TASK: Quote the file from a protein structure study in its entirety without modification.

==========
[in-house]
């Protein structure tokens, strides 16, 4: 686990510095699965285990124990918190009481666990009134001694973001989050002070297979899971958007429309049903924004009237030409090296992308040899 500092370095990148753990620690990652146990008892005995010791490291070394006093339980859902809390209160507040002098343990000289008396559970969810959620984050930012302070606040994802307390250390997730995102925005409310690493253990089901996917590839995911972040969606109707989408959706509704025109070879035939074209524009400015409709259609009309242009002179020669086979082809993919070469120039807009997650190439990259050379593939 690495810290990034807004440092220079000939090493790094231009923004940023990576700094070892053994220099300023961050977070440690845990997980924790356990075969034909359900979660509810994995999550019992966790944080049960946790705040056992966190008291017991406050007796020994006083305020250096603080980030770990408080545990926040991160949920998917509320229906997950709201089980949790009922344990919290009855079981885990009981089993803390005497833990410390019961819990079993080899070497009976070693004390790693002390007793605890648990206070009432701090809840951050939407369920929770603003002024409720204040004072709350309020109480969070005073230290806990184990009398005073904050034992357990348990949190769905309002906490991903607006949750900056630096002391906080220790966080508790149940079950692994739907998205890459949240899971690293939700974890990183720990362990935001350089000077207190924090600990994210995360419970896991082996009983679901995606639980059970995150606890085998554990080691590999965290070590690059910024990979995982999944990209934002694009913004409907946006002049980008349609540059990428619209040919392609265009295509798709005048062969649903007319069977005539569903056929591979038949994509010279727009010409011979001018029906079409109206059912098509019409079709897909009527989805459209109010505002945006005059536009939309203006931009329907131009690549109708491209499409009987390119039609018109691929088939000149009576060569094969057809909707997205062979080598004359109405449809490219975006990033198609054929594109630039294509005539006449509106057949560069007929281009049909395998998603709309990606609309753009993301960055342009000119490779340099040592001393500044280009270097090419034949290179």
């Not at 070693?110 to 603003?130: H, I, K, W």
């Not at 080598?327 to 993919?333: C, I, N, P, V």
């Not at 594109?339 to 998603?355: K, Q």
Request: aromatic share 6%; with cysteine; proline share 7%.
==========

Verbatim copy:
[in-house]
């Protein structure tokens, strides 16, 4: 686990510095699965285990124990918190009481666990009134001694973001989050002070297979899971958007429309049903924004009237030409090296992308040899 500092370095990148753990620690990652146990008892005995010791490291070394006093339980859902809390209160507040002098343990000289008396559970969810959620984050930012302070606040994802307390250390997730995102925005409310690493253990089901996917590839995911972040969606109707989408959706509704025109070879035939074209524009400015409709259609009309242009002179020669086979082809993919070469120039807009997650190439990259050379593939 690495810290990034807004440092220079000939090493790094231009923004940023990576700094070892053994220099300023961050977070440690845990997980924790356990075969034909359900979660509810994995999550019992966790944080049960946790705040056992966190008291017991406050007796020994006083305020250096603080980030770990408080545990926040991160949920998917509320229906997950709201089980949790009922344990919290009855079981885990009981089993803390005497833990410390019961819990079993080899070497009976070693004390790693002390007793605890648990206070009432701090809840951050939407369920929770603003002024409720204040004072709350309020109480969070005073230290806990184990009398005073904050034992357990348990949190769905309002906490991903607006949750900056630096002391906080220790966080508790149940079950692994739907998205890459949240899971690293939700974890990183720990362990935001350089000077207190924090600990994210995360419970896991082996009983679901995606639980059970995150606890085998554990080691590999965290070590690059910024990979995982999944990209934002694009913004409907946006002049980008349609540059990428619209040919392609265009295509798709005048062969649903007319069977005539569903056929591979038949994509010279727009010409011979001018029906079409109206059912098509019409079709897909009527989805459209109010505002945006005059536009939309203006931009329907131009690549109708491209499409009987390119039609018109691929088939000149009576060569094969057809909707997205062979080598004359109405449809490219975006990033198609054929594109630039294509005539006449509106057949560069007929281009049909395998998603709309990606609309753009993301960055342009000119490779340099040592001393500044280009270097090419034949290179």
């Not at 070693?110 to 603003?130: H, I, K, W």
């Not at 080598?327 to 993919?333: C, I, N, P, V």
């Not at 594109?339 to 998603?355: K, Q």
Request: aromatic share 6%; with cysteine; proline share 7%.